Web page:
Black African Cinema

ISBN-10: 0520077482
ISBN-13: 9780520077485
Edition: 1994
Authors: N. Frank Ukadike
List price: $33.95 Buy it from $3.99
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Description: From the proselytizing lantern slides of early Christian missionaries to contemporary films that look at Africa through an African lens, N. Frank Ukadike explores the development of black African cinema. He examines the impact of culture and  More...

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Book details

List price: $33.95
Copyright year: 1994
Publisher: University of California Press
Publication date: 8/29/1994
Binding: Paperback
Pages: 382
Size: 6.25" wide x 9.25" long x 1.25" tall
Weight: 1.540
Language: English

From the proselytizing lantern slides of early Christian missionaries to contemporary films that look at Africa through an African lens, N. Frank Ukadike explores the development of black African cinema. He examines the impact of culture and history, and of technology and co-production, on filmmaking throughout Africa. Every aspect of African contact with and contribution to cinematic practices receives attention: British colonial cinema; the thematic and stylistic diversity of the pioneering "francophone" films; the effects of television on the motion picture industry; and patterns of television documentary filmmaking in "anglophone" regions. Ukadike gives special attention to the growth of independent production in Ghana and Nigeria, the unique Yoruba theater-film tradition, and the militant liberationist tendencies of "lusophone" filmmakers. He offers a lucid discussion of oral tradition as a creative matrix and the relationship between cinema and other forms of popular culture. And, by contrasting "new" African films with those based on the traditional paradigm, he explores the trends emerging from the eighties and nineties. Clearly written and accessible to specialist and general reader alike,Black African Cinema's analysis of key films and issues--the most comprehensive in English--is unique. The book's pan-Africanist vision heralds important new strategies for appraising a cinema that increasingly attracts the attention of film students and Africanists.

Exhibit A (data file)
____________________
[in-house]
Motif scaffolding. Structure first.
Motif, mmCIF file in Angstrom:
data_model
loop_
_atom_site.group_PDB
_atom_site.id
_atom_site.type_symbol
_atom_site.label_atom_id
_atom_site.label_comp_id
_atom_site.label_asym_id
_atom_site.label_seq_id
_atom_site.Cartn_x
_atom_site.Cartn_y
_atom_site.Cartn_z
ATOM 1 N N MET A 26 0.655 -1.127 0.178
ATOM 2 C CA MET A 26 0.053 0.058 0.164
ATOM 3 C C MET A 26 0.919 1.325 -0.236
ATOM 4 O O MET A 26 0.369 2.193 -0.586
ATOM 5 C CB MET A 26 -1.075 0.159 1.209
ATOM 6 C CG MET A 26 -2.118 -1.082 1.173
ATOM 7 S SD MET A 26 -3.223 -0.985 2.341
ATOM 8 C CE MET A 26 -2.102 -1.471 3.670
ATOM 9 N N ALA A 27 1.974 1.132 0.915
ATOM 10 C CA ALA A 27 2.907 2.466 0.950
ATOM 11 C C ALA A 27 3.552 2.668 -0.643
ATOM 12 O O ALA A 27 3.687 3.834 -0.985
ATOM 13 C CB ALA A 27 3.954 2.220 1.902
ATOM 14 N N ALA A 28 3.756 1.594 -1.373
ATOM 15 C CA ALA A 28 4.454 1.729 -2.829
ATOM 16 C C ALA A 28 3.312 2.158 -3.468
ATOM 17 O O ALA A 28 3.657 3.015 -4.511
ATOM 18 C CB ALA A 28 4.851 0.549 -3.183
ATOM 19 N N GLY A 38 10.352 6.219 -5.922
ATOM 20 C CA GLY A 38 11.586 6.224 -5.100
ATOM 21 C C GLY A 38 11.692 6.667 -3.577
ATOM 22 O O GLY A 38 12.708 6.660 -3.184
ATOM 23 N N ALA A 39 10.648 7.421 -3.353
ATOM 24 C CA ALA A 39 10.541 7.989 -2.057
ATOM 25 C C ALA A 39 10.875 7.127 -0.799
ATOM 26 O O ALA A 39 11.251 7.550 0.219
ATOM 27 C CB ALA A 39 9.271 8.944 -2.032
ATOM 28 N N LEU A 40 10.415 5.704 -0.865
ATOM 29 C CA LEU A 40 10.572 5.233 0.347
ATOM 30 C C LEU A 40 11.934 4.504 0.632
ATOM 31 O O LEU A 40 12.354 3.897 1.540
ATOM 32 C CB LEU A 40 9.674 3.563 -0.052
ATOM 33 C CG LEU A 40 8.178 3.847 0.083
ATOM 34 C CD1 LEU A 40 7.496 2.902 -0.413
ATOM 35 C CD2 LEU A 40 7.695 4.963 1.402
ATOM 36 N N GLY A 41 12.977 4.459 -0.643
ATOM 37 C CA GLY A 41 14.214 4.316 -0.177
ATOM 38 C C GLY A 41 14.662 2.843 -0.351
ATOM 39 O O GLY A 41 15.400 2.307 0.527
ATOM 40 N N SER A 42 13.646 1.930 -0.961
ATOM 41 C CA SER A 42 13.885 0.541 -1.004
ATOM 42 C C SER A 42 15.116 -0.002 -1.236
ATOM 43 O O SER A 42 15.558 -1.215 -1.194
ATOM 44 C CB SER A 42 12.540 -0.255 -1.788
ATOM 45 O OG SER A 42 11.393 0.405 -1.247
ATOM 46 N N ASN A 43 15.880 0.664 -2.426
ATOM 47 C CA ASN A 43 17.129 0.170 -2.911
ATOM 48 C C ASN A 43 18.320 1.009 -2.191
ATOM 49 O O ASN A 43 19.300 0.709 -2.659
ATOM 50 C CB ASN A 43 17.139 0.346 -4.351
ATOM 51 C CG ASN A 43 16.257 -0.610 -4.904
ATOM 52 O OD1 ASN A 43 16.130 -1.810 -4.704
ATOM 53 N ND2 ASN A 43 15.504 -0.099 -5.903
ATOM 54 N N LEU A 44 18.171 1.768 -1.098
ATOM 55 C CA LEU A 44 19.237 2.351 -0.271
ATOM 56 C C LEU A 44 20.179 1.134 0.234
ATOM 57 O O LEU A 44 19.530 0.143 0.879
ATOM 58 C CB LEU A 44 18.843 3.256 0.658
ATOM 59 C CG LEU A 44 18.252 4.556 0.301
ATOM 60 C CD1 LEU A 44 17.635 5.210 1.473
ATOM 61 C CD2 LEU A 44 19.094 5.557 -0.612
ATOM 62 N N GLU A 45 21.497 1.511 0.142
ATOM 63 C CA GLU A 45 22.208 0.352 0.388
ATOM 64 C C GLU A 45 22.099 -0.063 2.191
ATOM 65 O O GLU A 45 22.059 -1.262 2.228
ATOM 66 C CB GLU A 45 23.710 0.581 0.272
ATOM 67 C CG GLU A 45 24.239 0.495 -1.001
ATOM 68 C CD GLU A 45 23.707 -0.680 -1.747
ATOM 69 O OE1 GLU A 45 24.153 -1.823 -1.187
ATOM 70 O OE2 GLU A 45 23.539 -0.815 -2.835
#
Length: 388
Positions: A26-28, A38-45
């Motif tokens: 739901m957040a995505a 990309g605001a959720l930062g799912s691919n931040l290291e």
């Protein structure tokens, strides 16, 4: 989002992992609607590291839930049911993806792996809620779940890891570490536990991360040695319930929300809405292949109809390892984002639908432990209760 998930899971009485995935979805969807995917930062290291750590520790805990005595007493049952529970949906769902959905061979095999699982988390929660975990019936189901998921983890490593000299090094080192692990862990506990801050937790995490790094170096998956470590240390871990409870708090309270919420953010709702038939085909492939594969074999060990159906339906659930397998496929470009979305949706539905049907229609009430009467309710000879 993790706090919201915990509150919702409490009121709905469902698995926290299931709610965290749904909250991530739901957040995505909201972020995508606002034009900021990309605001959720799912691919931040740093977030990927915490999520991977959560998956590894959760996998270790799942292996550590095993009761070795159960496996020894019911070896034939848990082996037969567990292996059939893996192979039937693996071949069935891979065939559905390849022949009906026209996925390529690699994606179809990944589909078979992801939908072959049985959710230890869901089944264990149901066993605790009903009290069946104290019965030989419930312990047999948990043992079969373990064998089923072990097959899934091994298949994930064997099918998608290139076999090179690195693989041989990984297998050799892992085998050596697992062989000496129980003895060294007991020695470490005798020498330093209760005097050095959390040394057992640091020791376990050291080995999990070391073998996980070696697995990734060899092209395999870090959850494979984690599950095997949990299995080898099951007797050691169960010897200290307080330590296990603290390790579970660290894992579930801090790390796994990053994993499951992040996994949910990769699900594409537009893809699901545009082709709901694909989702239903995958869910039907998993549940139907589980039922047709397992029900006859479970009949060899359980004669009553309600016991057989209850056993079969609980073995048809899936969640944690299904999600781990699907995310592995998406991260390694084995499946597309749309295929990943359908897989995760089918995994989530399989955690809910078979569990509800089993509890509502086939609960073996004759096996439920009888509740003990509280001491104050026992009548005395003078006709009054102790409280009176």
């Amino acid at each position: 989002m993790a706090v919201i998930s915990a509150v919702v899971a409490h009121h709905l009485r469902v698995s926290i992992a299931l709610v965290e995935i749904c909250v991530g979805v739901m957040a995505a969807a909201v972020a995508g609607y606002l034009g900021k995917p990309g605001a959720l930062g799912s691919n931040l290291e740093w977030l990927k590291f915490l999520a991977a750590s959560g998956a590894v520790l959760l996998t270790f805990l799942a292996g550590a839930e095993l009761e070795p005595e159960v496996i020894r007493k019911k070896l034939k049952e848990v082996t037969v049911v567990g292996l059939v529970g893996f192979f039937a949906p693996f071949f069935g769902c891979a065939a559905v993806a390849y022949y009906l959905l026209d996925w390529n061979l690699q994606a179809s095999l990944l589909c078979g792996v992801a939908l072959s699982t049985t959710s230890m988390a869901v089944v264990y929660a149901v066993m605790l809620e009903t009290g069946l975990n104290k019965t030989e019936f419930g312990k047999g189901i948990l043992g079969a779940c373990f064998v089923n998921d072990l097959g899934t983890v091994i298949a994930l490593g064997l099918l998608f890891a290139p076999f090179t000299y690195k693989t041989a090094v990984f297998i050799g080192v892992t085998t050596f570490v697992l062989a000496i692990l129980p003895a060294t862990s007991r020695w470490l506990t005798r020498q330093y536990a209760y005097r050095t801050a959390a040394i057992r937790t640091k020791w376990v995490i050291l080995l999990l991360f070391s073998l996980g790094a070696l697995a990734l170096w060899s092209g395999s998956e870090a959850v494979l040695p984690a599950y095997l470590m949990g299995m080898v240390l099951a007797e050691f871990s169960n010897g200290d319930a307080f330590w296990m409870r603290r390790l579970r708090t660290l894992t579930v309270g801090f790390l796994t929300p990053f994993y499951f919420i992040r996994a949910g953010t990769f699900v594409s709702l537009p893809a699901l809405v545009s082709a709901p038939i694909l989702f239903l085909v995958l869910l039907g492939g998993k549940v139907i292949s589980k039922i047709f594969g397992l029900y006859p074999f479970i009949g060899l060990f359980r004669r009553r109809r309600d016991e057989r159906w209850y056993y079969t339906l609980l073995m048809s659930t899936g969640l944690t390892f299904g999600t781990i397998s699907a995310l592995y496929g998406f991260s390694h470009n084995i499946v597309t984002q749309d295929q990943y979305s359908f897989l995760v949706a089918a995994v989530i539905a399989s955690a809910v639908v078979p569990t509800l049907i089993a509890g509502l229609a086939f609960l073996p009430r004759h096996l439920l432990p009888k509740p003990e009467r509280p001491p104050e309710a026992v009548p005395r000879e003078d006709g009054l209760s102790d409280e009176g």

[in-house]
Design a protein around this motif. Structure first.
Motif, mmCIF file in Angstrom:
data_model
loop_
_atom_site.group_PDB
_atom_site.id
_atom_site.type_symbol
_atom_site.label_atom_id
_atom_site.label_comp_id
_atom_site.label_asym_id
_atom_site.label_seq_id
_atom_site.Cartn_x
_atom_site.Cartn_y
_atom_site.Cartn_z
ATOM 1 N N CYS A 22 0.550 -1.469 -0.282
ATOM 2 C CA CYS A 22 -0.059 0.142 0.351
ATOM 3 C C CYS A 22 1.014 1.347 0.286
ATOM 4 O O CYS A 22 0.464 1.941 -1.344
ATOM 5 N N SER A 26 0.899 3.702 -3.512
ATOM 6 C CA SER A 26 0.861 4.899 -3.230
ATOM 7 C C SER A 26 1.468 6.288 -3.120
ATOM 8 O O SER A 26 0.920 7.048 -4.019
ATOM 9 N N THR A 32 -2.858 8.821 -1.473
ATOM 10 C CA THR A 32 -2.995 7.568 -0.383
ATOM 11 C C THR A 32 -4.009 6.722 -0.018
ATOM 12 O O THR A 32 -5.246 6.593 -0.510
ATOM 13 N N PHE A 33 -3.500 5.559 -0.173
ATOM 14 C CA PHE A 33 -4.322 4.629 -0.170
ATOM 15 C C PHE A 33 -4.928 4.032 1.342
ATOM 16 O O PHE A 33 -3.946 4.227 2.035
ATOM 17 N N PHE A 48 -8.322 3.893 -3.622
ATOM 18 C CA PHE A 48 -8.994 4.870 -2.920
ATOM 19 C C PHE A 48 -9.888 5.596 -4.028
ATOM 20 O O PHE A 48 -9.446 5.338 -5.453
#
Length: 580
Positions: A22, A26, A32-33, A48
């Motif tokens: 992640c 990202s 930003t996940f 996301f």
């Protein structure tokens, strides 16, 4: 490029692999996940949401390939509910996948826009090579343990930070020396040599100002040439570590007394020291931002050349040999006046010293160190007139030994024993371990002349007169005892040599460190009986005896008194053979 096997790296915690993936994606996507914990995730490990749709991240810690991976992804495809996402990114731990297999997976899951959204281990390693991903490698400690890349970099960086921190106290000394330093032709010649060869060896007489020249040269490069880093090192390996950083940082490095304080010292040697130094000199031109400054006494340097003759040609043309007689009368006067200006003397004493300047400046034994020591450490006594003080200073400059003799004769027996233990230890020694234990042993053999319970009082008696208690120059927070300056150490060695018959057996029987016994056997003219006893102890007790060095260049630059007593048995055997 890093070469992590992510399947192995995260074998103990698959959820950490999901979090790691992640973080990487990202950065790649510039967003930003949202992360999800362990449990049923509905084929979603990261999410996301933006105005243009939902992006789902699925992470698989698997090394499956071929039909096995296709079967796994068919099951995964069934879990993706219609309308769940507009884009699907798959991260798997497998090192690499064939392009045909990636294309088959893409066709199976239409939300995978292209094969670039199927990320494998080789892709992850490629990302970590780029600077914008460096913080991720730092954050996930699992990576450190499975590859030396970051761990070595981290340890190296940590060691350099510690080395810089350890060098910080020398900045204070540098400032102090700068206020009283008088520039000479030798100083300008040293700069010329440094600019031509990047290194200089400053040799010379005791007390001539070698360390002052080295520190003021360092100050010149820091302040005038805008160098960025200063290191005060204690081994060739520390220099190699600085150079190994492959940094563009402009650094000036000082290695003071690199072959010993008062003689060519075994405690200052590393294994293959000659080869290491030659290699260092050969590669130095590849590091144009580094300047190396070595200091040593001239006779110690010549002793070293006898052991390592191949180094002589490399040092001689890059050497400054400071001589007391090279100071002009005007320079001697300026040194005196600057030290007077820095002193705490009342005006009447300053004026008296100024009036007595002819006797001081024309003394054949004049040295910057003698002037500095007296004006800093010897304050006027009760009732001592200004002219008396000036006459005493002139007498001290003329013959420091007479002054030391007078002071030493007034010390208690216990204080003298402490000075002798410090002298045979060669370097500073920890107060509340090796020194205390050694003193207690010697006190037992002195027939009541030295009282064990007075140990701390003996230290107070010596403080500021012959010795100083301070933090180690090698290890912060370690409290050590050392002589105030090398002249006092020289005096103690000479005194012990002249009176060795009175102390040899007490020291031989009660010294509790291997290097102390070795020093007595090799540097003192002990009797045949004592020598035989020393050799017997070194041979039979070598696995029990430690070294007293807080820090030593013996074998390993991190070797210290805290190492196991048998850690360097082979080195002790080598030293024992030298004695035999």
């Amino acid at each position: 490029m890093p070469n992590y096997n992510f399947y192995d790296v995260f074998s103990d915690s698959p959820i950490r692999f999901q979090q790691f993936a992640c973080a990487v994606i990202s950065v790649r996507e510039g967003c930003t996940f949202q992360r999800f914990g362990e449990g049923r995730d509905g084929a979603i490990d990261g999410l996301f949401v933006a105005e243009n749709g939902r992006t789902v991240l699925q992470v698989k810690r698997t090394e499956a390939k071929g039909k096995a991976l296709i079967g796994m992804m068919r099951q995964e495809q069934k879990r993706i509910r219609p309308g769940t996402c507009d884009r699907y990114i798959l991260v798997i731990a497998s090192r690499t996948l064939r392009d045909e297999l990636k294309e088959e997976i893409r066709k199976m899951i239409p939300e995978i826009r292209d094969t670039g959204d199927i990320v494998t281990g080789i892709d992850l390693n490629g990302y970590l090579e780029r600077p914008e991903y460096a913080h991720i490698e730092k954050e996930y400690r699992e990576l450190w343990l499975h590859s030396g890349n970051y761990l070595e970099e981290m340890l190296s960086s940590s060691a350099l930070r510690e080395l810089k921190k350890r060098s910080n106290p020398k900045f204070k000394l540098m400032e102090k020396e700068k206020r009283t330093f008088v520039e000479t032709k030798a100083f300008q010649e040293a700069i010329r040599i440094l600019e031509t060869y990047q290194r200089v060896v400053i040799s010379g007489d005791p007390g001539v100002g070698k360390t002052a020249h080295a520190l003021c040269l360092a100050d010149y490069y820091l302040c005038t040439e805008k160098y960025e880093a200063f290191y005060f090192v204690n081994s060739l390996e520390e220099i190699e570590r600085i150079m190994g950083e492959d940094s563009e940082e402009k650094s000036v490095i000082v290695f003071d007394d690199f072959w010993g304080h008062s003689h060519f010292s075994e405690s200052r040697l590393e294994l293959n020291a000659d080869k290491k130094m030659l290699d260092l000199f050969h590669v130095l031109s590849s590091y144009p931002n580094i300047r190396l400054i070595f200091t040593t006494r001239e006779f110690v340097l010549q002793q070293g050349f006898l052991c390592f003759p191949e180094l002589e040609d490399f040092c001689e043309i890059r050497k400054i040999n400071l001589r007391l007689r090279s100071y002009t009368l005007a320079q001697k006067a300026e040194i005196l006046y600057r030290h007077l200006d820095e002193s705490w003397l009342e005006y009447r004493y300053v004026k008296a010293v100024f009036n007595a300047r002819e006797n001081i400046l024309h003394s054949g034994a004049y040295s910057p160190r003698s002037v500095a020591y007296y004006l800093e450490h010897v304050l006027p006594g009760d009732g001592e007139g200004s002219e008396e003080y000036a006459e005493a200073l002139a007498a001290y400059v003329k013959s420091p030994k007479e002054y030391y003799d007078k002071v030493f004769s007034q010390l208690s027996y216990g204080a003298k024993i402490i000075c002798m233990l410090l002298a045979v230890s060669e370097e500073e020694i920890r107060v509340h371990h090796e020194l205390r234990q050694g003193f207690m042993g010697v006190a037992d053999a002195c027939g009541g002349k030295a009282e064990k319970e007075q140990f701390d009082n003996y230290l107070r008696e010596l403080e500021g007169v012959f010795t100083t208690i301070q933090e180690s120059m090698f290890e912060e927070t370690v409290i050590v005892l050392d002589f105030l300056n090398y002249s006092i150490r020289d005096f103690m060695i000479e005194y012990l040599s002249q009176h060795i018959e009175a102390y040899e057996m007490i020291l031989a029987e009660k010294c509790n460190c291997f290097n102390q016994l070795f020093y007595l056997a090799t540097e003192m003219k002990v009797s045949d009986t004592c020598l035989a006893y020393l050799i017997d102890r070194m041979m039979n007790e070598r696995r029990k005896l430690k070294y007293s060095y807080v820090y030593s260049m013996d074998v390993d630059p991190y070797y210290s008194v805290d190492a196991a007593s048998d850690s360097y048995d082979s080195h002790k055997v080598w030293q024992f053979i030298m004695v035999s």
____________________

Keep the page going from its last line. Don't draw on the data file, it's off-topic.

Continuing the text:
Acknowledgments
Introduction
Africa and the Cinema
Information and Entertainment Media in Black Africa before the Arrival of Cinema
Some Early Contacts with the Cinema
Western Images of Africa: Genealogy of an Ideological Formulation
Banishing the Exotic: Toward a Positive Image?
Francophone Origins
General Trends and the Problems of Development: An Overview
The Indigenous African Film Production
Med Hondo and Ousmane Sembene: The Schism between Theory and Practice
Developments in Anglophone Film Production
Working for the Decolonization of the Picture
The Battle of the Frames: Film, Television, and Bureaucracy
The Formation of Independent Cinema in Ghana and Nigeria
Ghana: Contrasts in Ideology and Practice
Nigeria: Paradox of Mediocrity?
The Cultural Context of Black African Cinema
Post-1970 and the Introspective Phase
Oral Tradition and the Aesthetics of Black African Cinema
Film and the Politics of Liberation
New Developments In Black African Cinema
Contours of an Emerging Trend: Toward a New Cinema?
Narration, Transgression, and the Centrality of Culture
Toward the Tradition and the Centrality of the Paradigm
Conclusion: Whither African Cinema?
The Present Situation
The Question of Aesthetics
Notes
Selected Bibliography
Index

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